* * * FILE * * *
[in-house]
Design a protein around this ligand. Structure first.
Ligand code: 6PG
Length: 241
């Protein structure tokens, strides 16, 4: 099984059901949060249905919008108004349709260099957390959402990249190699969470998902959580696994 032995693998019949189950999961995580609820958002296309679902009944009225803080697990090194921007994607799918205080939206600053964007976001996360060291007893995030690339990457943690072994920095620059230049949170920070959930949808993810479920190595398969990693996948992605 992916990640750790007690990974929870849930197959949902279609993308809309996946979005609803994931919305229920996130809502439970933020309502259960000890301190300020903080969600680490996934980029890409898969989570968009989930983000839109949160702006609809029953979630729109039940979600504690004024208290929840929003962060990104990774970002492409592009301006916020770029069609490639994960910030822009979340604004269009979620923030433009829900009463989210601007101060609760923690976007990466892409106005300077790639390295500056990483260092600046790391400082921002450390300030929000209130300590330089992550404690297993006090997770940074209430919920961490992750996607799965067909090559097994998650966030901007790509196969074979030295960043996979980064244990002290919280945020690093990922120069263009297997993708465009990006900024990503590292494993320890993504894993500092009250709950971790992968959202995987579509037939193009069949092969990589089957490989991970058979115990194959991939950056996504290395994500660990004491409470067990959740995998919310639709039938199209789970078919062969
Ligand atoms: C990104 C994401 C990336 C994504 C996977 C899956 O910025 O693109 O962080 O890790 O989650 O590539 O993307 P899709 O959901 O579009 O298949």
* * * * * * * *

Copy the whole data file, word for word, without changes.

[in-house]
Design a protein around this ligand. Structure first.
Ligand code: 6PG
Length: 241
């Protein structure tokens, strides 16, 4: 099984059901949060249905919008108004349709260099957390959402990249190699969470998902959580696994 032995693998019949189950999961995580609820958002296309679902009944009225803080697990090194921007994607799918205080939206600053964007976001996360060291007893995030690339990457943690072994920095620059230049949170920070959930949808993810479920190595398969990693996948992605 992916990640750790007690990974929870849930197959949902279609993308809309996946979005609803994931919305229920996130809502439970933020309502259960000890301190300020903080969600680490996934980029890409898969989570968009989930983000839109949160702006609809029953979630729109039940979600504690004024208290929840929003962060990104990774970002492409592009301006916020770029069609490639994960910030822009979340604004269009979620923030433009829900009463989210601007101060609760923690976007990466892409106005300077790639390295500056990483260092600046790391400082921002450390300030929000209130300590330089992550404690297993006090997770940074209430919920961490992750996607799965067909090559097994998650966030901007790509196969074979030295960043996979980064244990002290919280945020690093990922120069263009297997993708465009990006900024990503590292494993320890993504894993500092009250709950971790992968959202995987579509037939193009069949092969990589089957490989991970058979115990194959991939950056996504290395994500660990004491409470067990959740995998919310639709039938199209789970078919062969
Ligand atoms: C990104 C994401 C990336 C994504 C996977 C899956 O910025 O693109 O962080 O890790 O989650 O590539 O993307 P899709 O959901 O579009 O298949």